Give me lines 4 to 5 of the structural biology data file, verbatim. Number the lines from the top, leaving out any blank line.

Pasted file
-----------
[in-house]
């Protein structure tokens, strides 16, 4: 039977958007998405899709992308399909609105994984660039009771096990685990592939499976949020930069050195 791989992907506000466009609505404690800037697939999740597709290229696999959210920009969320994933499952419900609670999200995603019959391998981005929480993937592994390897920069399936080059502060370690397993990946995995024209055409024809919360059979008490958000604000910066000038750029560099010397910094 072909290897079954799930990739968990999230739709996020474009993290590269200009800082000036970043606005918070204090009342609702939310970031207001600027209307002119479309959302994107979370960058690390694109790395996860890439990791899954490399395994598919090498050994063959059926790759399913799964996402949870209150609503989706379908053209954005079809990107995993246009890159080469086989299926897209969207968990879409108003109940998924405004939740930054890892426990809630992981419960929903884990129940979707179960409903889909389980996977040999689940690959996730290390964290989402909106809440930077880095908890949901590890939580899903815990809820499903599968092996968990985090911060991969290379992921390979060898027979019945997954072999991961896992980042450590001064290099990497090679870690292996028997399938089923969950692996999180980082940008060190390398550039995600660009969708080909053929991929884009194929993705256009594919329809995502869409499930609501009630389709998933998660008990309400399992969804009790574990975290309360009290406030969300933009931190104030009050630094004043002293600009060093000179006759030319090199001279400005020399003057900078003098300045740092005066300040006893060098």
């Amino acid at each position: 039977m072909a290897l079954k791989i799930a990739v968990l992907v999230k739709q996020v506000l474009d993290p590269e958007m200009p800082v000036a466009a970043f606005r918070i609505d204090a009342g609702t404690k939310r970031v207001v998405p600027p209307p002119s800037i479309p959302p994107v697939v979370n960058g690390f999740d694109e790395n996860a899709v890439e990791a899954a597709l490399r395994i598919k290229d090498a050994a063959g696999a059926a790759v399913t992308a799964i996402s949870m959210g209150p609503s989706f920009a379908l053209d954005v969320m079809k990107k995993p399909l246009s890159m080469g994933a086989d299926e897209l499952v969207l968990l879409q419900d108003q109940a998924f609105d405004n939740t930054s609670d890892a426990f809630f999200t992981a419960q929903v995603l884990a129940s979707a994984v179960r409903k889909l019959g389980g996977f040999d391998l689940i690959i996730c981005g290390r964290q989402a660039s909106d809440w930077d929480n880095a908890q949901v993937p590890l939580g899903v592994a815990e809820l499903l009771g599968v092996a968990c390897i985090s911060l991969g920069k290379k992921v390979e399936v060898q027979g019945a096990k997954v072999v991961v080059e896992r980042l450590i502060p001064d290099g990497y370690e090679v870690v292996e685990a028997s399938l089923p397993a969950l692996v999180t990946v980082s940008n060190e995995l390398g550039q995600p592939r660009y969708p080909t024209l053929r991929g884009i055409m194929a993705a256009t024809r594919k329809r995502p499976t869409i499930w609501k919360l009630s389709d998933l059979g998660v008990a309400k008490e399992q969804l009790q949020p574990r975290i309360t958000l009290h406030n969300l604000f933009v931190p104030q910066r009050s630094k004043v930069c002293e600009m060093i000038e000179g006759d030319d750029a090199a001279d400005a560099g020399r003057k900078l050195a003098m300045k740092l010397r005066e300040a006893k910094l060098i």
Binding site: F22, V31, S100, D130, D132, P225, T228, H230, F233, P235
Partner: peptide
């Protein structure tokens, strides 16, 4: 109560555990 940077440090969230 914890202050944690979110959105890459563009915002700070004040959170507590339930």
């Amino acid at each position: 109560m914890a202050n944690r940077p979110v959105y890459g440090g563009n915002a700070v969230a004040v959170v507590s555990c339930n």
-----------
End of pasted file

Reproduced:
Binding site: F22, V31, S100, D130, D132, P225, T228, H230, F233, P235
Partner: peptide